“Private nonresidential construction is in freefall, with every category except private power construction down sharply compared to a year ago,” says Ken Simonson, chief economist for the Associated General Contractors of America (AGC). He notes that public construction has benefitted from Federal stimulus funds, but predicted these gains will continue to be tempered by sharp cutbacks in projects funded directly by states, local governments and school systems.
“Tight credit continues to cause cancellations and delays,” notes Heather Jones, construction economist, in FMI Corporation’s Construction Outlook, 4th Quarter 2009 Report. “Project delays continue to be four times the normal rate and are currently at 20% (up from three times in 3Q08). Project cancellations are five times the normal rate and are currently at 10% of backlog (doubled from 3Q08). Credit is expected to remain tight throughout 2010, and delays and cancellations are likely to increase.”
As of November 2009, the nonresidential market’s biggest winners were public office (+9% over November 2008), commercial (+19.8%) and healthcare (+12.2%). The biggest losers were private lodging (-46%), office (-39%) and commercial (-40.5%). Public education construction spending was holding somewhat steady (-2.5%) at $83.5 billion.
“The stimulus is finally beginning to have a measurable, but limited, impact on the construction industry,” says Stephen E. Sandherr, CEO of the AGC.
As of November 2009, private residential construction was estimated at a seasonally adjusted annual rate of $250.7 billion, a 19.2% decline from November 2008—and 62% below the 2005 high of $664.2 billion and its lowest point since 1995.
“The residential construction market has been decimated,” writes FMI’s Jones. “For housing starts, 2009 was the worst year since we began keeping records in 1959.”
She adds that this market is expected to begin a recovery in 2010, noting in FMI’s Construction Outlook, 4th Quarter 2009 Report:
• Single-family put in place construction will recover more slowly than single-family starts, the reason being the average size and cost per new home is declining under pressure from tight credit conditions and of course the recession.
• Multifamily construction will continue to fare poorly due to tight credit conditions.
• Residential improvements will increase in 2010 as homeowners make necessary repairs due to building age and invest in improvements over moving up.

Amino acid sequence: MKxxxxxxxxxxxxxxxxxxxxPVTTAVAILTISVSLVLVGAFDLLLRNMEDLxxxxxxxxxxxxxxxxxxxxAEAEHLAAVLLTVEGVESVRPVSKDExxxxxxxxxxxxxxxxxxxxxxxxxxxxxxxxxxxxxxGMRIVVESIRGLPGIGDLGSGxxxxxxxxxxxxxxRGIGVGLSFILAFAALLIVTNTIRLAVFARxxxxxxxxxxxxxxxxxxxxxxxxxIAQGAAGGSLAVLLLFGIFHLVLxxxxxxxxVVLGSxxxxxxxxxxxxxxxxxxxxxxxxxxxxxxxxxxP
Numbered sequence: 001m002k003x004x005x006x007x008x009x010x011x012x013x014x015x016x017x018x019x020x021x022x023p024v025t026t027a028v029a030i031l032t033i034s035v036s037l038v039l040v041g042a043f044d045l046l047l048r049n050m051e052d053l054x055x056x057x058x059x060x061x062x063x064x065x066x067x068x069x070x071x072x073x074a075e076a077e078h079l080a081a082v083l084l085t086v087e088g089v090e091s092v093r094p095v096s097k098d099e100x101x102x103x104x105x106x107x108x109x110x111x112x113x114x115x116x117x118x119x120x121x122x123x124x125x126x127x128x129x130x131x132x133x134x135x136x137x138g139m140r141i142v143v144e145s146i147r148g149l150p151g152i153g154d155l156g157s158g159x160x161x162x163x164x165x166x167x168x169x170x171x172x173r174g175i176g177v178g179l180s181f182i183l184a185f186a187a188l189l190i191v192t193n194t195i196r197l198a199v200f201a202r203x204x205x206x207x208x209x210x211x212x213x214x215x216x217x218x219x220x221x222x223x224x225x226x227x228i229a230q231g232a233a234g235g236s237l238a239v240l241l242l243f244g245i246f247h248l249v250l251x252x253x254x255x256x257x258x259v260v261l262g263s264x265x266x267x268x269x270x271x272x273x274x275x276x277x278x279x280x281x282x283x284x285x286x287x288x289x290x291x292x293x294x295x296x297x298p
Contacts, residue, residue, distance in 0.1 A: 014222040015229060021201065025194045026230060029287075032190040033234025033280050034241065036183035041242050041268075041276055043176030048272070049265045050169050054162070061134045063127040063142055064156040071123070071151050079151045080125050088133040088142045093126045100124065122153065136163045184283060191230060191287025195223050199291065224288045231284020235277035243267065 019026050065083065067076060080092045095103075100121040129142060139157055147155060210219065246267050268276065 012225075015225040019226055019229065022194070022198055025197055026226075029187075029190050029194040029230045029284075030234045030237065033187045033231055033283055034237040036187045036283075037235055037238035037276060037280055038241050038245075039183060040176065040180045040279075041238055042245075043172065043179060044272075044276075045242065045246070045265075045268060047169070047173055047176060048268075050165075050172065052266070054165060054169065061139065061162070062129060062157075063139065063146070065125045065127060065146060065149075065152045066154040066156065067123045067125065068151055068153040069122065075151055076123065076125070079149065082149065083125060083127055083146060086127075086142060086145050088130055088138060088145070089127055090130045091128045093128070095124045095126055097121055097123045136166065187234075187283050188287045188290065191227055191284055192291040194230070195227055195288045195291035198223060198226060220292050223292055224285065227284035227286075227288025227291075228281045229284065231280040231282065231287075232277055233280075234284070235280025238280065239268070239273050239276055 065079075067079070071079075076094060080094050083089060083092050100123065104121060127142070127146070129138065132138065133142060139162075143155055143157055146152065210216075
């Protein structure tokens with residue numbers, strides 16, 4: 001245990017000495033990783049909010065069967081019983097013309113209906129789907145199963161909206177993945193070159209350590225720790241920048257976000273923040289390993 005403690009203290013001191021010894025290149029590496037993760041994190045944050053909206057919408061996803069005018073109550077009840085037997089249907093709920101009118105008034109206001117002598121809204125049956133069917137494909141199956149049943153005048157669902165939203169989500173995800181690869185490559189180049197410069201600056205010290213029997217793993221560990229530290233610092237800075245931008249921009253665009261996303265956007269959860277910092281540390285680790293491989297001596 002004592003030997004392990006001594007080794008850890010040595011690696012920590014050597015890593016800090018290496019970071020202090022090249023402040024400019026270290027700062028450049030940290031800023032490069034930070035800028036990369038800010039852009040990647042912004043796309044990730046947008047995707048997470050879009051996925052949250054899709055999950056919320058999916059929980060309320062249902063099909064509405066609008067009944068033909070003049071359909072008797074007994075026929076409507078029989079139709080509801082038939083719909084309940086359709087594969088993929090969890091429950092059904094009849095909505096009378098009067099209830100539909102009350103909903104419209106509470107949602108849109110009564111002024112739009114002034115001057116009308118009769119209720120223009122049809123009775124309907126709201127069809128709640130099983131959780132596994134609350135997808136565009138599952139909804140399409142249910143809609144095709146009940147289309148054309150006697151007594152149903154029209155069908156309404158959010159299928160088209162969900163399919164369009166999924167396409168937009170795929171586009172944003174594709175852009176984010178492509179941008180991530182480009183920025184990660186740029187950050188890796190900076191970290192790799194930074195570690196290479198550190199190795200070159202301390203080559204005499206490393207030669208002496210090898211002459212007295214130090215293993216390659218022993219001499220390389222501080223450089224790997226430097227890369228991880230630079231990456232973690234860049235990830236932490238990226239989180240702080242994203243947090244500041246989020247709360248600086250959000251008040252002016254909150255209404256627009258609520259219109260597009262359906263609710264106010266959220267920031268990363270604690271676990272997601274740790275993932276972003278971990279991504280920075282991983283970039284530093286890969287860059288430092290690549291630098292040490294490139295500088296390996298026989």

“From an affordability standpoint, rarely has there been a better time in history to purchase a home, thanks to record low interest rates, attractive prices and of course the recent extension and expansion of the home buyer tax credit,” says Joe Robson, chairman of the National Association of Homebuilders (NAHB) and a homebuilder from Tulsa, OK. “However, builders are not seeing the full impact of these conditions on buyer demand, partly because awareness of the latest incentives is still building, and partly because of concerns about job security and other economic woes.”
“This is shaping up to be a bumpy recovery period for the housing market,” says NAHB Chief Economic David Crowe. “While some families may be just starting to factor the expanded tax credit into their potential home buying plans, many are hesitating because of the poor economy. At the same time, tight lending conditions for both consumers and homebuilders continue to pose considerable obstacles on the road to a sustained housing and economic recovery.”
AIA Architecture Billings Index
To find out more about what is likely to happen in the nonresidential construction market in 2009, we can ask architects—or rather, the American Institute of Architects (AIA) can.
Architects’ billings are a good indicator of future construction activity, expressed via the Architecture Billings Index produced by the AIA. The ABI is derived from a monthly “work on the boards” survey and produced by the AIA Economics & Market Research Group. As a leading economic indicator of construction activity, the ABI reflects the approximate 9- to 12- month lag time between architecture billings and construction spending.